National, News

Trinity Energy concedes rising fuel prices

By Gladys Fred Kole


Trinity Energy Ltd, one of the key fuel suppliers in the country, has fallen short of guaranteeing the stability of the hiked fuel prices at the filling stations despite recently importing one hundred trucks of fuel consignment to Juba’s Nesitu depot.

The company’s Chief Executive Officer (CEO) Robert Mdeza told journalists yesterday, during the announcement of the receipt of 100 fuel truck consignments, that, they don’t have the ability to influence the hiked fuel price in the market.

Hyperinflation is hitting the already-ailing economy harder, especially with the runaway foreign exchange market in which the South Sudan Pound continues to lose value against the United States dollar.

This is having a direct impact on market commodity prices, including fuel, which have recently shot up.

Mr. Mdeza, said that the company is committed to safety, quality, and environmental sustainability but fell short of assuring consumers of price stability and subsidization.

He tied the hike in fuel prices to foreign exchange in the country and global oil and gas prices, adding they don’t have a bigger influence on those driving forces.

“Taxes, exchange rate, oil price—those are the ones that make up the price of fuel; those are beyond our control,” Mdeza humbled.

“The exchange rate between the pounds and dollar has been depreciating, basically reflecting the imbalance of trade between the country and the countries we trade with; there’s more consumption coming than we are exporting,” the CEO explained.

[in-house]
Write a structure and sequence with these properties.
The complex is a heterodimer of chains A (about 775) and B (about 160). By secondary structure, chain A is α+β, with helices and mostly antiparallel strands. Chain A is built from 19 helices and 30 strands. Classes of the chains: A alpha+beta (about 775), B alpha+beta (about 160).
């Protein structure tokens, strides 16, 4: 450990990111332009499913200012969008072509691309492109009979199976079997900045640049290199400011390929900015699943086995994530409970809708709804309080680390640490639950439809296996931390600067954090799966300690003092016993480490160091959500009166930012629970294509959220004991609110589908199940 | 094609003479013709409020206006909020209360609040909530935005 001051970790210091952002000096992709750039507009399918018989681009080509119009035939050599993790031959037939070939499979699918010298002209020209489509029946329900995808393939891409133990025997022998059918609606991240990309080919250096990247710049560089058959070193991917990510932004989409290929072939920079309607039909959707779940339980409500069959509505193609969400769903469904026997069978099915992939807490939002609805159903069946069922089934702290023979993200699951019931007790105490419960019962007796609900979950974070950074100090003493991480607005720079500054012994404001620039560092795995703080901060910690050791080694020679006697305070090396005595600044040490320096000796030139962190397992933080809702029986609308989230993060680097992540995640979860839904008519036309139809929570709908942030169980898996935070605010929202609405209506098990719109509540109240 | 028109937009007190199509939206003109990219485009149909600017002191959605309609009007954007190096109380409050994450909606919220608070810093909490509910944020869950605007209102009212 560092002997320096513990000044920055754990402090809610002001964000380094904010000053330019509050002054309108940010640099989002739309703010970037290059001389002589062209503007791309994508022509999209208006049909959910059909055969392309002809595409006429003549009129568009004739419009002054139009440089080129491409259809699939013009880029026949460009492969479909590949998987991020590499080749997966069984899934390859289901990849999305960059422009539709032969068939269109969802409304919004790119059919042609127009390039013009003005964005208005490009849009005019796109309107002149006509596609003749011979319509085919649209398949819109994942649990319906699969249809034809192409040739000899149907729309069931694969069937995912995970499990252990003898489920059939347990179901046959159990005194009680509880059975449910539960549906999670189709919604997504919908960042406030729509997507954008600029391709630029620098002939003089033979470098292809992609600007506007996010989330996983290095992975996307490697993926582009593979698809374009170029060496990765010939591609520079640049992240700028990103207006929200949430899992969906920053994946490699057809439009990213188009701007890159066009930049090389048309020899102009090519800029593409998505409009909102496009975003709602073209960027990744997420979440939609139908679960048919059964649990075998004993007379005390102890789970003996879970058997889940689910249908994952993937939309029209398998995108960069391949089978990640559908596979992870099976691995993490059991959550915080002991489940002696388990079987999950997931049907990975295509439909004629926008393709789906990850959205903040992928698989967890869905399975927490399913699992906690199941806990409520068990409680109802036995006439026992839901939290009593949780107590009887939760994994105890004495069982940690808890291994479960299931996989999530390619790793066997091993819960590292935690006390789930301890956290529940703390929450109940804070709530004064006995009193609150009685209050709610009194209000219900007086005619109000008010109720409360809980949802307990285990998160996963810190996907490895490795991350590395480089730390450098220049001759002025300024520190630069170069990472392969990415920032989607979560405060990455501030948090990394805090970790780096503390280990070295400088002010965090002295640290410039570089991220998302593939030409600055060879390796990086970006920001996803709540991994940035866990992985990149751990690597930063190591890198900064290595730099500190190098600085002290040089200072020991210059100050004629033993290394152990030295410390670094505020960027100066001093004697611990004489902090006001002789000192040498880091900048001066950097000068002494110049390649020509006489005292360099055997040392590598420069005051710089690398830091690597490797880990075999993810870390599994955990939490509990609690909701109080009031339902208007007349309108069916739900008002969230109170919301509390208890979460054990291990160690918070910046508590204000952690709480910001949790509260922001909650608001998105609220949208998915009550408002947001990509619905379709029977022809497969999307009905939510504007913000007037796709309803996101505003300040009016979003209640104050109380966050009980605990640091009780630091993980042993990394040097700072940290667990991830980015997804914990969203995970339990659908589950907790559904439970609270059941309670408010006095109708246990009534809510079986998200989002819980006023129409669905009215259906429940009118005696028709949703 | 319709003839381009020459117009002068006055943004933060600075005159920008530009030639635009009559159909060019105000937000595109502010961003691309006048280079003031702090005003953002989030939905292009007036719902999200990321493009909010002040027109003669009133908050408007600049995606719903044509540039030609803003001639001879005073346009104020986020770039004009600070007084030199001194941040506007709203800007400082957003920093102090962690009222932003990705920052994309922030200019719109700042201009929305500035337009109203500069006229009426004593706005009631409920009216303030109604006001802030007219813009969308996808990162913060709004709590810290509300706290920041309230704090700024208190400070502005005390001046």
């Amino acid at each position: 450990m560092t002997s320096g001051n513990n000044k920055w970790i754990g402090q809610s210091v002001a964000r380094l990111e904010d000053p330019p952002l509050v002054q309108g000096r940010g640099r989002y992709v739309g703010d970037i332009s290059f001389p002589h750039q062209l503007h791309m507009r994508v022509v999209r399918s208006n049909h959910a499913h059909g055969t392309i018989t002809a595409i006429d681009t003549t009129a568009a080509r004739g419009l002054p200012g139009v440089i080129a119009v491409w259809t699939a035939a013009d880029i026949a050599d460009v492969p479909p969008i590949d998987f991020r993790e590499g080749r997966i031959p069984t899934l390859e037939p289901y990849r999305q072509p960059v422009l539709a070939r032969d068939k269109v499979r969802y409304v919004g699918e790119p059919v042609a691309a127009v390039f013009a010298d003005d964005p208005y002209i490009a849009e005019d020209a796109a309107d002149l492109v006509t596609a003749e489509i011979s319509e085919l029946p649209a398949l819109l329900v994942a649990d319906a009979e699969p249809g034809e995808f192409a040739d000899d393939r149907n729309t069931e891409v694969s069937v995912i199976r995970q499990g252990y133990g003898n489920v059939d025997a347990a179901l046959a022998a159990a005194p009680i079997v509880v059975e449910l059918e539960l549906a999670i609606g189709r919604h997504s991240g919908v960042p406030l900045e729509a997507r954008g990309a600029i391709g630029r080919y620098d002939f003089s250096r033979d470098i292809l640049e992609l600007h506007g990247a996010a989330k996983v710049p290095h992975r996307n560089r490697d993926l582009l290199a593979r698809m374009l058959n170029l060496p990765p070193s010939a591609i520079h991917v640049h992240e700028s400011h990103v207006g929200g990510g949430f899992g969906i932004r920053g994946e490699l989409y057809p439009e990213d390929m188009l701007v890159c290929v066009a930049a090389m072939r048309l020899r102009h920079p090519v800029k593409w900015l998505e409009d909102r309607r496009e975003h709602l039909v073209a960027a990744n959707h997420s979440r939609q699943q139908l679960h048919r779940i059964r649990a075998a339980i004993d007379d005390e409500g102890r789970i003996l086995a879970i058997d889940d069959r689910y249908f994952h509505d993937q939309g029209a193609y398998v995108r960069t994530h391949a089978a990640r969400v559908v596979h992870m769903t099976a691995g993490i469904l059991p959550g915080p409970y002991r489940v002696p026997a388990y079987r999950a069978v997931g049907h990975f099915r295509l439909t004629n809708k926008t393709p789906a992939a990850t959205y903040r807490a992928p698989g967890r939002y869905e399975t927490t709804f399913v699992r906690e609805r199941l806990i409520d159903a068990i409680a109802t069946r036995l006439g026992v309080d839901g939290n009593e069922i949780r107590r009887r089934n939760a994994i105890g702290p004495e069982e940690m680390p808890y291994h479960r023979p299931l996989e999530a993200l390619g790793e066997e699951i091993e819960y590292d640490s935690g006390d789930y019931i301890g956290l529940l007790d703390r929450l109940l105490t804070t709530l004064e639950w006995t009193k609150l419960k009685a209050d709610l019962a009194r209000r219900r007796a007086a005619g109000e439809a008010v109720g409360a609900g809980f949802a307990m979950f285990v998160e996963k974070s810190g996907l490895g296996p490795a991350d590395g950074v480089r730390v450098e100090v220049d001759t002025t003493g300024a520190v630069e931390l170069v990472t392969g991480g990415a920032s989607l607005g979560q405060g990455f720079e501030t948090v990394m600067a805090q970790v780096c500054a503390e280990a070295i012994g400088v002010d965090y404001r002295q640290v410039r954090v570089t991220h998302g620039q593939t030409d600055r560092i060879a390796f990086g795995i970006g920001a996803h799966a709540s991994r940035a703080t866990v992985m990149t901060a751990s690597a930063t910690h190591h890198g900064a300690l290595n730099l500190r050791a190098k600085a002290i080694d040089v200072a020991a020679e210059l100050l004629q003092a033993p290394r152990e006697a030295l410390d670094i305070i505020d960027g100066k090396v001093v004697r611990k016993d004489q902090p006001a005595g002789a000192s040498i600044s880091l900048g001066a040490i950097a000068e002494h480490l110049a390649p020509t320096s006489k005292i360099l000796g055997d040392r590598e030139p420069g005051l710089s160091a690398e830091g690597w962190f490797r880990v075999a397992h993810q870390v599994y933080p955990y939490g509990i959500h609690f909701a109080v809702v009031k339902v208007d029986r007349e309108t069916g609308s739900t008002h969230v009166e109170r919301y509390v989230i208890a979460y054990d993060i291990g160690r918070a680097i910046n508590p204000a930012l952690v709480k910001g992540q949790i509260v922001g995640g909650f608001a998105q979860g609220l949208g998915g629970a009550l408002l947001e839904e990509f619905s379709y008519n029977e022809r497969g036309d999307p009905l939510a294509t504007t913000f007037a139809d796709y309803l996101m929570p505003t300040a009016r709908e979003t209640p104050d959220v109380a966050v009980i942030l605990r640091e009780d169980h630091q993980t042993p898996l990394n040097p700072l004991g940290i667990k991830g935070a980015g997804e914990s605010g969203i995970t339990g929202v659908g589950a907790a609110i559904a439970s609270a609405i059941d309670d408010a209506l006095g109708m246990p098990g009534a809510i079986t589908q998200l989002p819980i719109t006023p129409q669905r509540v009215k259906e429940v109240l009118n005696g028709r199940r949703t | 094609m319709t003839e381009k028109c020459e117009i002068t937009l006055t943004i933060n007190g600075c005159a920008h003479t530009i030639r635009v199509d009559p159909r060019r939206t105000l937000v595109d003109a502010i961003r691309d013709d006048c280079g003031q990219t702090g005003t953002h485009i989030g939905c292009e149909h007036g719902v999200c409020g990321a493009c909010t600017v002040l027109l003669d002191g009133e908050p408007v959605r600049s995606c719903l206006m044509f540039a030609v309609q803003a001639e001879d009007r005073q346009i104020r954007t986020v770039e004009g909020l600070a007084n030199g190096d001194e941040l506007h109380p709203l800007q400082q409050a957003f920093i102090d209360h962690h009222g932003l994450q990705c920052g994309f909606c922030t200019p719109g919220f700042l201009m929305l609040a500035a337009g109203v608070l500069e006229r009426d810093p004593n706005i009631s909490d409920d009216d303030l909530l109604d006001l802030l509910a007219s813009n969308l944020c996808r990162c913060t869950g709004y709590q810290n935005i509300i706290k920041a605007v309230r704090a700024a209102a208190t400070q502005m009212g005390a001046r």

He maintained that the weakening of the South Sudanese pound, coupled with the increase in world prices, means that when you combine the two, the end product is an increase in the price of fuel.

The US dollar is always gaining strength, appreciating against the depreciating local currency, causing more headaches to the citizens who have to dig deeper into their pockets to at least be able to buy a handful of items in the market.

“What we control is our little margin; that margin is efficiencies, and those efficiencies we pass on to the public,” Mdeza underscored.

“We constructed our depot such that when the depression is going up and down, we are able to cushion,” he added.

However, according to Mdeza, South Sudan has the lowest taxes on its fuel compared to other countries.

For his part, Monoharan Kesava Trinity Energy Nesitu depot manager said they go with the market pricing.

Diminishing demand

One fuel station manager in Munuki, who only identified himself as Simon, said there is already a reduced number of customers, leading to low sales per day lately compared to the recent past.

For four days now, a liter of petrol goes for 1450 SSP and diesel at 1400 SSP, with petrol being the most consumed commodity.

“In this situation, we don’t blame the business owners; it is the increase in oil prices because we don’t have our fuel processed in the country,” he told this outlet.

“The business owners, due to a lot of taxes, are also trying to balance up; they will come and increase to recover; that’s why you’re seeing the increase.” Simon justified the rise in prices.

He said this has really affected business, and worst of all, the prices in the market keep increasing, which is making it hard to make ends meet.

“If our government can do better for its citizens, it will be good, because we are really affected as citizens, and it’s also only the government that can do the right thing for the future of its citizens,” Simon echoed.

As the fuel price hike also led to an increase in public taxi transport fares within the town, some residents have resorted to trekking to cover certain distances.

One Juba resident and a street fruit vendor in the Munuki neighborhood, Sarah Doru, told No. 1 Citizen Daily Newspaper that she has resorted to walking back home from Suk Libya to Gudele One.

“My daughter, the situation is getting out of hand. I sit, make little or no sales, and walk back home, and yet these niggas in our area are increasing in number to commit crimes at night because they want to survive,” Sarah said.

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